Data from: Role of ambient pressure in self-heating torrefaction of dairy cattle manure
Cite this dataset
Itoh, Takanori et al. (2020). Data from: Role of ambient pressure in self-heating torrefaction of dairy cattle manure [Dataset]. Dryad. https://doi.org/10.5061/dryad.4j0zpc87r
This paper describes the role of ambient pressure in self-heating torrefaction of livestock manure. We explored the initiating temperatures required to cause self-heating of wet dairy cattle manure at different ambient pressures (0.1, 0.4, 0.7, and 1.0 MPa). Then, we conducted proximate, elemental, and calorific analyses of biochar torrefied at 210, 250, and 290 °C. The results showed that self-heating was induced at 155 °C or higher for 0.1 MPa and at 115 °C or lower for 0.4 MPa or higher. The decrease of the initiating temperature at elevated pressure was due not only to more oxygen, but also to the retention of moisture that can promote chemical oxidation of manure. Biochar yields decreased with increasing torrefaction temperature and pressure, and the yield difference at 0.1 and 1.0 MPa was more substantial at lower temperatures: a 29.8, 16.4, and 9.4% difference at 210, 250, and 290 °C, respectively. Proximate and elemental analyses showed that elevated pressure promotes devolatilization, deoxygenation, and coalification compared to atmospheric pressure; its impact, however, was less at higher temperatures as the torrefaction temperature became more dominant. Calorific analysis revealed that elevated pressure can increase the higher heating value (HHV) on a dry and ash-free basis at 210 °C because of the increase in carbon content, but its impact is limited at 250 and 290 °C. Meanwhile, the HHV on a dry basis exhibited the opposite trend due primarily to an enlargement of ash content. The present study revealed that ambient pressure considerably affects the initiating temperature of self-heating and the chemical properties of biochar at a low torrefaction temperature.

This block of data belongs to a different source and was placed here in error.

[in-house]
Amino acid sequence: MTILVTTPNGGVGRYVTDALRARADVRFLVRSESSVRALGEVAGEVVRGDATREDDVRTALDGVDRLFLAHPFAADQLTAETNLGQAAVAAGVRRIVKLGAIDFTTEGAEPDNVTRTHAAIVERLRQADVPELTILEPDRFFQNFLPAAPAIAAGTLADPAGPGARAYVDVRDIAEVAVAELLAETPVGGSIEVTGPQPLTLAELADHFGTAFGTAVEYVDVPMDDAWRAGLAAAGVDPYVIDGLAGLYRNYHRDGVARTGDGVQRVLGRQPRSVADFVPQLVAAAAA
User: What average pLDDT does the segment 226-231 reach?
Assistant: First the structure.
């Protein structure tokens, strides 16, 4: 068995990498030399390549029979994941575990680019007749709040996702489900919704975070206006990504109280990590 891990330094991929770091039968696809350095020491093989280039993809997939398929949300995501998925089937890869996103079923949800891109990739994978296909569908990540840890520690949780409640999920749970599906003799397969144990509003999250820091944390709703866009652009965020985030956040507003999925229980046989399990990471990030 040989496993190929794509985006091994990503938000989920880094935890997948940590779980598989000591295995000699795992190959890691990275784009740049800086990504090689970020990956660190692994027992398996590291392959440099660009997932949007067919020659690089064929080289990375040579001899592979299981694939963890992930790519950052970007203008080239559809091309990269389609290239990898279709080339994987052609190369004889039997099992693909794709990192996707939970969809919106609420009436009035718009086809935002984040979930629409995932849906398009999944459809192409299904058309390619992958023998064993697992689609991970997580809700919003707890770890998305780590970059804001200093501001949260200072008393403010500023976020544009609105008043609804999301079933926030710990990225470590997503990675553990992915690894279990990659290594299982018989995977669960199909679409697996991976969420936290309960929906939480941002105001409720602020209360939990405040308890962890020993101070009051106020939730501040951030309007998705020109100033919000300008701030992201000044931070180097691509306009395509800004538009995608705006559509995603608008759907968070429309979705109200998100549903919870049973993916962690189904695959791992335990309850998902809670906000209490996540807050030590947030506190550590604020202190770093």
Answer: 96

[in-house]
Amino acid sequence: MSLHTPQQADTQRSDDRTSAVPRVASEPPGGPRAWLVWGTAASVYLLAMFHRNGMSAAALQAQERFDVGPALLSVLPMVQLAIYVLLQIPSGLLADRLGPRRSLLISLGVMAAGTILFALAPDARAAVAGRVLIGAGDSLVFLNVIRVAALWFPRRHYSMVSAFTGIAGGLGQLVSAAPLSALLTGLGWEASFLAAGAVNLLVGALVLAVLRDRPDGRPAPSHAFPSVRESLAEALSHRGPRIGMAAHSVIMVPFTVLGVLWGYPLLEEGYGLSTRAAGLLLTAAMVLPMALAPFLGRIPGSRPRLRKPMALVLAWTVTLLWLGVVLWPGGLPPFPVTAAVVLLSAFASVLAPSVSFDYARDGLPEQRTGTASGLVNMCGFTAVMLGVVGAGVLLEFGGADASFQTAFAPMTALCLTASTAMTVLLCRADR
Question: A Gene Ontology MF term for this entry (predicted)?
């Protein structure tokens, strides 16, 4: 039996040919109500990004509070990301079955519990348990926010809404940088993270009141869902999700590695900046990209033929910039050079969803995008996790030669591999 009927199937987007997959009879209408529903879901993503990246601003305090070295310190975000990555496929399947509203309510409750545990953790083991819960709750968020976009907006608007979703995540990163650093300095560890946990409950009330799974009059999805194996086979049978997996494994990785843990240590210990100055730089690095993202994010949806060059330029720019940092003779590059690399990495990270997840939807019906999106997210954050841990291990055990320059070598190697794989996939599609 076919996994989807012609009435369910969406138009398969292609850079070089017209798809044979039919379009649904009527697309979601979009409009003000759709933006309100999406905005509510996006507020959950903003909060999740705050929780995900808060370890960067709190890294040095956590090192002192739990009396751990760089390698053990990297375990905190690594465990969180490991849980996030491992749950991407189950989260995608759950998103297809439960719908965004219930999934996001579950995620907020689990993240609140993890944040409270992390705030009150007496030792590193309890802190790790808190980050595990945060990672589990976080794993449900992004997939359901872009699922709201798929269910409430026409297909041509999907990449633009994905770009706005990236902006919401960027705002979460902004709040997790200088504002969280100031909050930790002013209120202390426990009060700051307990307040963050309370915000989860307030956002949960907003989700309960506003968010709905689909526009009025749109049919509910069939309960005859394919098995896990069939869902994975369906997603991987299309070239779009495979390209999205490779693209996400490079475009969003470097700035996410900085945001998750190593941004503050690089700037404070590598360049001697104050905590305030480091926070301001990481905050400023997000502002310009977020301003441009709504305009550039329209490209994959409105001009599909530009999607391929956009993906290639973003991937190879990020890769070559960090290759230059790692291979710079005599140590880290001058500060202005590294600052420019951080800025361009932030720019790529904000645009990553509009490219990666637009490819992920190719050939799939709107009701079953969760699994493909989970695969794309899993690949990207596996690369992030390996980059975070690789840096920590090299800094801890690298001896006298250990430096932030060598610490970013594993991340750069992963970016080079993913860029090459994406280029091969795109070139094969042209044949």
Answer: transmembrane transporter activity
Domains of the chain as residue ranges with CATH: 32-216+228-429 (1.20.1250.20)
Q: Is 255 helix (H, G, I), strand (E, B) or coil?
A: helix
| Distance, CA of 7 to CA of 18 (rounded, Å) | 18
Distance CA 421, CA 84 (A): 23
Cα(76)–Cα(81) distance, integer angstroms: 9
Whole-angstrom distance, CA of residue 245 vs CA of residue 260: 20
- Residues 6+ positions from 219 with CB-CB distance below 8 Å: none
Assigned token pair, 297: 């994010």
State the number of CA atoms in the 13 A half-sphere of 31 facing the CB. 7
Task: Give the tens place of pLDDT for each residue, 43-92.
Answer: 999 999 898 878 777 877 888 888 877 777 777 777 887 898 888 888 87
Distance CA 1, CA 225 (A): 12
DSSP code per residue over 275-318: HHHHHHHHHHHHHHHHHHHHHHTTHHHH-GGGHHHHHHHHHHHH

1. R statistical software is required for running our code.
2. Our R scripts have been developed under R statistical software (version 3.6.2 for Mac OS X; https://www.r-project.org).
3. The carbon, hydrogen, nitrogen, and oxygen contents are expressed on a dry and ash-free (daf) basis. You can convert it to a dry basis (db) using the following equation; C[%db] = C[%daf] * (1-Ash[%db]/100).
Japan Society for the Promotion of Science, Award: JP26292130
Japan Society for the Promotion of Science, Award: JP17J00272